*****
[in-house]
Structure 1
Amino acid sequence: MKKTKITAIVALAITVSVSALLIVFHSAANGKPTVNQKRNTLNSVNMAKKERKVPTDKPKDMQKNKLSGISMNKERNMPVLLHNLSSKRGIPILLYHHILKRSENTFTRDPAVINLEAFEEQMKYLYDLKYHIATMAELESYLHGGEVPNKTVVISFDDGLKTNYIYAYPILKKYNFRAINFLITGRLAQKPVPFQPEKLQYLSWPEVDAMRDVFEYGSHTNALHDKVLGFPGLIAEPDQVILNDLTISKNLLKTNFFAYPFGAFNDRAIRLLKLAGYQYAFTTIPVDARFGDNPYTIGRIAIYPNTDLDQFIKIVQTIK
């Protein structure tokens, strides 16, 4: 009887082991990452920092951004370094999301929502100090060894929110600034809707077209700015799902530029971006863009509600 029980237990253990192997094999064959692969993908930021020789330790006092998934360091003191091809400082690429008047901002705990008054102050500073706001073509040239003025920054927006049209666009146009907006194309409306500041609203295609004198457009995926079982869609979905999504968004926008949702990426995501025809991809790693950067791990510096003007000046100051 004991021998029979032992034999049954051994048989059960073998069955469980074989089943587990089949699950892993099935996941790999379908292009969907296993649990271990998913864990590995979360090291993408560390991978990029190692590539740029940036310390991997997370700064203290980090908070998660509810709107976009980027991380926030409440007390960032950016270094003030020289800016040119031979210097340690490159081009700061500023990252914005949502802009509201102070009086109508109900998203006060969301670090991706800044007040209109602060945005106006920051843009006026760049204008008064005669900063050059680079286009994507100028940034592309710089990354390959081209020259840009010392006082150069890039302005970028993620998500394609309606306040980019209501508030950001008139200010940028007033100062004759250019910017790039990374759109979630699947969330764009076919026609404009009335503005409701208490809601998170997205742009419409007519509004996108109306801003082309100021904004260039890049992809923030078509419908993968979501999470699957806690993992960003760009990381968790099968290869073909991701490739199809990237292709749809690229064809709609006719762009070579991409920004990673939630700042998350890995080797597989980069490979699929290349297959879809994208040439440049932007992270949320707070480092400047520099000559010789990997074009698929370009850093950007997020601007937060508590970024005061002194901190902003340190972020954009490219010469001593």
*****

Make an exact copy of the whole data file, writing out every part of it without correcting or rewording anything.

[in-house]
Structure 1
Amino acid sequence: MKKTKITAIVALAITVSVSALLIVFHSAANGKPTVNQKRNTLNSVNMAKKERKVPTDKPKDMQKNKLSGISMNKERNMPVLLHNLSSKRGIPILLYHHILKRSENTFTRDPAVINLEAFEEQMKYLYDLKYHIATMAELESYLHGGEVPNKTVVISFDDGLKTNYIYAYPILKKYNFRAINFLITGRLAQKPVPFQPEKLQYLSWPEVDAMRDVFEYGSHTNALHDKVLGFPGLIAEPDQVILNDLTISKNLLKTNFFAYPFGAFNDRAIRLLKLAGYQYAFTTIPVDARFGDNPYTIGRIAIYPNTDLDQFIKIVQTIK
């Protein structure tokens, strides 16, 4: 009887082991990452920092951004370094999301929502100090060894929110600034809707077209700015799902530029971006863009509600 029980237990253990192997094999064959692969993908930021020789330790006092998934360091003191091809400082690429008047901002705990008054102050500073706001073509040239003025920054927006049209666009146009907006194309409306500041609203295609004198457009995926079982869609979905999504968004926008949702990426995501025809991809790693950067791990510096003007000046100051 004991021998029979032992034999049954051994048989059960073998069955469980074989089943587990089949699950892993099935996941790999379908292009969907296993649990271990998913864990590995979360090291993408560390991978990029190692590539740029940036310390991997997370700064203290980090908070998660509810709107976009980027991380926030409440007390960032950016270094003030020289800016040119031979210097340690490159081009700061500023990252914005949502802009509201102070009086109508109900998203006060969301670090991706800044007040209109602060945005106006920051843009006026760049204008008064005669900063050059680079286009994507100028940034592309710089990354390959081209020259840009010392006082150069890039302005970028993620998500394609309606306040980019209501508030950001008139200010940028007033100062004759250019910017790039990374759109979630699947969330764009076919026609404009009335503005409701208490809601998170997205742009419409007519509004996108109306801003082309100021904004260039890049992809923030078509419908993968979501999470699957806690993992960003760009990381968790099968290869073909991701490739199809990237292709749809690229064809709609006719762009070579991409920004990673939630700042998350890995080797597989980069490979699929290349297959879809994208040439440049932007992270949320707070480092400047520099000559010789990997074009698929370009850093950007997020601007937060508590970024005061002194901190902003340190972020954009490219010469001593």